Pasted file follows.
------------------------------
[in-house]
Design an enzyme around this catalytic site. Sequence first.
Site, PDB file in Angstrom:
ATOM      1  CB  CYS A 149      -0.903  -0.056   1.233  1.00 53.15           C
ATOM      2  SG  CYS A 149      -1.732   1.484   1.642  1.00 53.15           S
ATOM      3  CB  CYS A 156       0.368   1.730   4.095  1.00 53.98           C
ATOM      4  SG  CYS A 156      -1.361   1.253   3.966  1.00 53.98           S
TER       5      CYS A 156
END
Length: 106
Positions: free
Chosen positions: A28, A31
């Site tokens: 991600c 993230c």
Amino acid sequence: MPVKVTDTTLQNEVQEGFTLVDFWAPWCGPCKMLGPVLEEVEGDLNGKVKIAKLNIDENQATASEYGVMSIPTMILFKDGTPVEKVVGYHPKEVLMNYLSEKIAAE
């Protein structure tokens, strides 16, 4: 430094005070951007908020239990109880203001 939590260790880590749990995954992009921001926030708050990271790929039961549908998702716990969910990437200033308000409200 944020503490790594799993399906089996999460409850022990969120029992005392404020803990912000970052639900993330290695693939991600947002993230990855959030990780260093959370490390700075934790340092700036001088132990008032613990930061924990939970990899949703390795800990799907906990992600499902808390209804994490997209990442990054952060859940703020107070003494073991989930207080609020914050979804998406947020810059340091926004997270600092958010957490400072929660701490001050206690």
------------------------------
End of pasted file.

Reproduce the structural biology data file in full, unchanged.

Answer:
[in-house]
Design an enzyme around this catalytic site. Sequence first.
Site, PDB file in Angstrom:
ATOM      1  CB  CYS A 149      -0.903  -0.056   1.233  1.00 53.15           C
ATOM      2  SG  CYS A 149      -1.732   1.484   1.642  1.00 53.15           S
ATOM      3  CB  CYS A 156       0.368   1.730   4.095  1.00 53.98           C
ATOM      4  SG  CYS A 156      -1.361   1.253   3.966  1.00 53.98           S
TER       5      CYS A 156
END
Length: 106
Positions: free
Chosen positions: A28, A31
């Site tokens: 991600c 993230c």
Amino acid sequence: MPVKVTDTTLQNEVQEGFTLVDFWAPWCGPCKMLGPVLEEVEGDLNGKVKIAKLNIDENQATASEYGVMSIPTMILFKDGTPVEKVVGYHPKEVLMNYLSEKIAAE
């Protein structure tokens, strides 16, 4: 430094005070951007908020239990109880203001 939590260790880590749990995954992009921001926030708050990271790929039961549908998702716990969910990437200033308000409200 944020503490790594799993399906089996999460409850022990969120029992005392404020803990912000970052639900993330290695693939991600947002993230990855959030990780260093959370490390700075934790340092700036001088132990008032613990930061924990939970990899949703390795800990799907906990992600499902808390209804994490997209990442990054952060859940703020107070003494073991989930207080609020914050979804998406947020810059340091926004997270600092958010957490400072929660701490001050206690």